David Jones v. Counselor Bates, et al
NONPRECEDENTIAL DISPOSITION To be cited only in accordance with Fed. R. App. P. 32.1
United States Court of Appeals
For the Seventh Circuit Chicago, Illinois 60604 Submitted November 23, 2010* Decided December 2, 2010 Before MICHAEL S. KANNE, Circuit Judge TERENCE T. EVANS, Circuit Judge DAVID F. HAMILTON, Circuit Judge No. 091365 DAVID M. JONES, PlaintiffAppellant, v. No. 3:08cv545 HOWARD MORTON, et al., DefendantsAppellees. Theresa L. Springmann, Judge. O R D E R David Jones filed suit under 42 U.S.C. § 1983 claiming that prison officials have been deliberately indifferent to threats against him from gang members at the Indiana State Prison. The district court directed Jones to prepay the entire filing fee after concluding that he previously incurred three strikes for filing frivolous litigation and was not in imminent
Appeal from the United States District Court for the Northern District of Indiana, Fort Wayne Division.
The defendants were not served with process in the district court and are not participating in this appeal. After examining the appellant's brief and the record, we have concluded that oral argument is unnecessary. Thus, the appeal is submitted on the brief and the record. See FED. R. APP. P. 34(a)(2)(c).
danger. See 28 U.S.C. § 1915(g). When Jones did not pay, the court dismissed the action, and Jones now appeals. In light of our recent decision in Turley v. Gaetz, No. 093847, 2010 WL 4286368 (7th Cir. Nov. 2, 2010), we vacate the judgment and remand for further proceedings. According to the allegations in his complaint, which at this stage we must presume are true, see Santiago v. Walls, 599 F.3d 749, 756 (7th Cir. 2010), Jones experienced a pattern of forewarned assaults by gang members that the defendants ignored and even instigated. Gang members had first threatened Jones around June 2007, but his request for protective custody was denied. The defendants moved him into a dorm with an inmate he previously "had trouble with." That inmate later restrained Jones at knifepoint while another inmate attacked him. For reasons not explained by Jones, he was later placed in segregation and told he would remain there for two years, but even in segregation the threats continued. Jones does not say explicitly that the two assailants and the others who threatened him were gang members, but he does allege that while he was in segregation guards allowed a number of gang members into the recreation yard so they could assault him. These inmates stabbed him in the stomach and sliced his face with a razor, sending him to the hospital and causing permanent scarring. Jones once more requested protective custody and again was refused. After his release from the hospital, however, Jones was transferred to Westville Correctional Facility for the remainder of his segregation time. While at Westville, Jones sued and requested monetary damages and an injunction to prevent his return to the Indiana State Prison, where the gang members who attacked him still were housed. Jones also moved to proceed in forma pauperis. The district court denied this request on the understanding that Jones had already accumulated three strikes and was not in "imminent danger" so as to excuse prepayment of the full filing fee. Jones moved for reconsideration. He argued that he was in imminent danger because he was scheduled to be returned to the Indiana State Prison in seven months when his segregation time ended, and thus his separation from the gang members who attacked him was only temporary. The court reasoned that the harm Jones feared was speculative rather than imminent and denied his motion. If he faced a real threat in the future, the court informed Jones, he could move for injunctive relief, but in the meantime he was obligated to pay the entire filing fee in advance. The court later dismissed Jones's lawsuit when he failed to pay. After he filed this appeal, Jones was moved--as he said would happen--back to the Indiana State Prison. On that basis we granted him leave to proceed in forma pauperis. Jones v. Bates, No. 091365 (7th Cir. Apr. 20, 2010) (granting Jones's motion to reconsider). This appeal, we observed, presents a question of first impression: whether an allegation that an inmate is guaranteed to be returned to surroundings that will place him in harm's way is sufficient to meet the exception in § 1915(g) for imminent danger. Id. Jones maintains that,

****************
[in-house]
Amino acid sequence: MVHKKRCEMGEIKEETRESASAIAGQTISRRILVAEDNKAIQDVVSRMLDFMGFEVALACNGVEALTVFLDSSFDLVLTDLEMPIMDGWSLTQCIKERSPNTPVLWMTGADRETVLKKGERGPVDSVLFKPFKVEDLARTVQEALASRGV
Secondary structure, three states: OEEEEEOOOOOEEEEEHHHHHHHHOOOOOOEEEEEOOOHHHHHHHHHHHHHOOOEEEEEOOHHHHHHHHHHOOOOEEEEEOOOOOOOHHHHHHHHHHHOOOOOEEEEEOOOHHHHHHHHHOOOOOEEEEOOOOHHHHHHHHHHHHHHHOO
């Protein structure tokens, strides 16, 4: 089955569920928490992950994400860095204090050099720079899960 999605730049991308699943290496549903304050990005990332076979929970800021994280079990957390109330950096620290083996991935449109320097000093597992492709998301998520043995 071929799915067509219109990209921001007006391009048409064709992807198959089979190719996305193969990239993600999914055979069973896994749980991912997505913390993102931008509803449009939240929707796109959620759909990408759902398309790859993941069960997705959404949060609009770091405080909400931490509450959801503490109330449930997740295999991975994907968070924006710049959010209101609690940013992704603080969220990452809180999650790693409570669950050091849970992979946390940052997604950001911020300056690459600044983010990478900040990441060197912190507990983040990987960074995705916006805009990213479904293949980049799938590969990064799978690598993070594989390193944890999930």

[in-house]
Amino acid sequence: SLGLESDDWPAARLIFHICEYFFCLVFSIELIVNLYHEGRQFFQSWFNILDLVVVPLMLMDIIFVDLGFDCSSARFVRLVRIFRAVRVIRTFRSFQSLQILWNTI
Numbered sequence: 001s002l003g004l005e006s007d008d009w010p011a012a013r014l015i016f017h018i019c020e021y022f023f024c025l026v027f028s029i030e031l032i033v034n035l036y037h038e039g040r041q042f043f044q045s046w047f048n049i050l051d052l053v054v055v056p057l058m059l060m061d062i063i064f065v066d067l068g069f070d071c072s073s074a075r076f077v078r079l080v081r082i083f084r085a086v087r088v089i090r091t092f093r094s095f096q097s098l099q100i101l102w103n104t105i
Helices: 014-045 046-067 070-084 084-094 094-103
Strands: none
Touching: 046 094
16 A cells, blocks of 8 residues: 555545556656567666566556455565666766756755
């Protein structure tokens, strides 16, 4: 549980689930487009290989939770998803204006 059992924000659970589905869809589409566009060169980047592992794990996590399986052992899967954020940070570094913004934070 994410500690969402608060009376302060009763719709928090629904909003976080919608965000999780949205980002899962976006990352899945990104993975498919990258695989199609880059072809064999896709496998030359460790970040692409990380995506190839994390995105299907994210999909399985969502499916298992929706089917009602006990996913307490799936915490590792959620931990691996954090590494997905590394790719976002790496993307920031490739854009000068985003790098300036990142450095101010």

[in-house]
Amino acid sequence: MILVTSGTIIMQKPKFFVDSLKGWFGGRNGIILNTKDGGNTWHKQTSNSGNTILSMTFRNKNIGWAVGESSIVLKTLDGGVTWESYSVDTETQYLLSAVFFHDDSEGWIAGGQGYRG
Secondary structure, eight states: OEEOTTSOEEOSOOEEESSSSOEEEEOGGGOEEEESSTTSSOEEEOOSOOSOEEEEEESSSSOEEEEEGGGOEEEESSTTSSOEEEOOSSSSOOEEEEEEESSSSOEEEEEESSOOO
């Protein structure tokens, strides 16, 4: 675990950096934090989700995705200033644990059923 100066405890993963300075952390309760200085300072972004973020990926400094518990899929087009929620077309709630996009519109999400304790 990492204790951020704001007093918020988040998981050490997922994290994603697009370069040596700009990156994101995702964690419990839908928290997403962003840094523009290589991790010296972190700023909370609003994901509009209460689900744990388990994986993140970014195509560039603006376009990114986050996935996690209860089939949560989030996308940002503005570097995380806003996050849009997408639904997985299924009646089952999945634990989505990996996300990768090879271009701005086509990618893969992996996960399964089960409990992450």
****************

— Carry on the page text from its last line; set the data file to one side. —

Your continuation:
at the time he filed his complaint, he knew with reasonable certainty that he would be sent back to the Indiana State Prison. He also argues that the string of threats and the assaults forecast by those threats established with sufficient probability that imminent danger awaited him there. We are inclined to agree. The timing of imminent danger is relative, particularly given the pace of litigation. We have cautioned against a "chimerical" interpretation of imminent danger; the relevant time frame is not limited to the exact moment an inmate faces assault. Lewis v. Sullivan, 279 F.3d 526, 531 (7th Cir. 2002). But events have overtaken this appeal. Section 1915(g) provides that a prisoner incurs a strike for bringing "an action or appeal . . . that was dismissed on the grounds that it is frivolous, malicious, or fails to state a claim upon which relief may be granted." When the district court concluded that Jones had already accumulated three strikes, the court cited three of his prior lawsuits: Jones v. Clark, IP98C157 (S.D. Ind. March 4, 1998); Jones v. Maxey, IP98C910 (S.D. Ind. Oct. 2, 1998); and Jones v. Richwine, 1:06CV162 (S.D. Ind. Apr. 25, 2006). Counting the first two cases as strikes does not seem problematic because both were dismissed in their entirety at screening. Yet the third case, we now know, did not incur a strike. The district court in Richwine dismissed several claims and defendants from the complaint at screening and later granted summary judgment for the remaining defendants. In counting this lawsuit as Jones's third strike, the district court read George v. Smith, 507 F.3d 605, 60708 (7th Cir. 2007), to hold that a prisoner's lawsuit incurs a strike if even one claim is dismissed on a ground listed in § 1915(g), no matter how many claims are included in the complaint. Earlier this month, however, we clarified that George does not support this contention. Rather, prisoners incur a strike only when a "case is dismissed in its entirety based on the grounds listed in § 1915(g)." Turley, 2010 WL 4286368, at *7. The district court, without the benefit of Turley, understandably interpreted George as it did. But only part of Jones's case in Richwine was dismissed at screening, and given our holding in Turley, he did not incur a third strike for that suit. Our own search, moreover, has not uncovered any other lawsuit in which Jones incurred a strike, and thus the district court erred in concluding that the "three strikes" provision applied to him. And since Jones does not have three strikes, the question of imminent danger is moot. The judgment is VACATED, and the case is REMANDED for further proceedings.